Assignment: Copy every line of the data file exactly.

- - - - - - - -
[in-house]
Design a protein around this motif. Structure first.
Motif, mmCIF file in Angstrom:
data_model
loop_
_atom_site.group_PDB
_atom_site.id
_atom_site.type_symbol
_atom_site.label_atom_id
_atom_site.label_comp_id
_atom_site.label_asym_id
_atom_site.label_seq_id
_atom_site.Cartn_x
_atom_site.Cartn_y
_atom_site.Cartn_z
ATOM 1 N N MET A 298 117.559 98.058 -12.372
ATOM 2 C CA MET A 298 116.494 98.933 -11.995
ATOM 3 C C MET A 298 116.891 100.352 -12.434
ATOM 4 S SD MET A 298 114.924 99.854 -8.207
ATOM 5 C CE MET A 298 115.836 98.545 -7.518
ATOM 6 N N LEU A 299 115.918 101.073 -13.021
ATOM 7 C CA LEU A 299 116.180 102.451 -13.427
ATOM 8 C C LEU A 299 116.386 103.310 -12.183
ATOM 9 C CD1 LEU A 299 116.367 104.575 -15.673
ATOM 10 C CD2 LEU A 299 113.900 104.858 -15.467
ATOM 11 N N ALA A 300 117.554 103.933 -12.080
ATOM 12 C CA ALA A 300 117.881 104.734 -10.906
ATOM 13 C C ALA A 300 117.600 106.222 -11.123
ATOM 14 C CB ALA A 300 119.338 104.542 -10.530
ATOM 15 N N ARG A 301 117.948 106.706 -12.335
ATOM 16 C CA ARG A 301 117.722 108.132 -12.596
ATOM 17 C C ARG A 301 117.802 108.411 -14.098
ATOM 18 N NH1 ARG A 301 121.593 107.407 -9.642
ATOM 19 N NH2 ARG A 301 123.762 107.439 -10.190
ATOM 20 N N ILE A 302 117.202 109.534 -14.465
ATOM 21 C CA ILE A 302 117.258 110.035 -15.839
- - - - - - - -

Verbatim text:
[in-house]
Design a protein around this motif. Structure first.
Motif, mmCIF file in Angstrom:
data_model
loop_
_atom_site.group_PDB
_atom_site.id
_atom_site.type_symbol
_atom_site.label_atom_id
_atom_site.label_comp_id
_atom_site.label_asym_id
_atom_site.label_seq_id
_atom_site.Cartn_x
_atom_site.Cartn_y
_atom_site.Cartn_z
ATOM 1 N N MET A 298 117.559 98.058 -12.372
ATOM 2 C CA MET A 298 116.494 98.933 -11.995
ATOM 3 C C MET A 298 116.891 100.352 -12.434
ATOM 4 S SD MET A 298 114.924 99.854 -8.207
ATOM 5 C CE MET A 298 115.836 98.545 -7.518
ATOM 6 N N LEU A 299 115.918 101.073 -13.021
ATOM 7 C CA LEU A 299 116.180 102.451 -13.427
ATOM 8 C C LEU A 299 116.386 103.310 -12.183
ATOM 9 C CD1 LEU A 299 116.367 104.575 -15.673
ATOM 10 C CD2 LEU A 299 113.900 104.858 -15.467
ATOM 11 N N ALA A 300 117.554 103.933 -12.080
ATOM 12 C CA ALA A 300 117.881 104.734 -10.906
ATOM 13 C C ALA A 300 117.600 106.222 -11.123
ATOM 14 C CB ALA A 300 119.338 104.542 -10.530
ATOM 15 N N ARG A 301 117.948 106.706 -12.335
ATOM 16 C CA ARG A 301 117.722 108.132 -12.596
ATOM 17 C C ARG A 301 117.802 108.411 -14.098
ATOM 18 N NH1 ARG A 301 121.593 107.407 -9.642
ATOM 19 N NH2 ARG A 301 123.762 107.439 -10.190
ATOM 20 N N ILE A 302 117.202 109.534 -14.465
ATOM 21 C CA ILE A 302 117.258 110.035 -15.839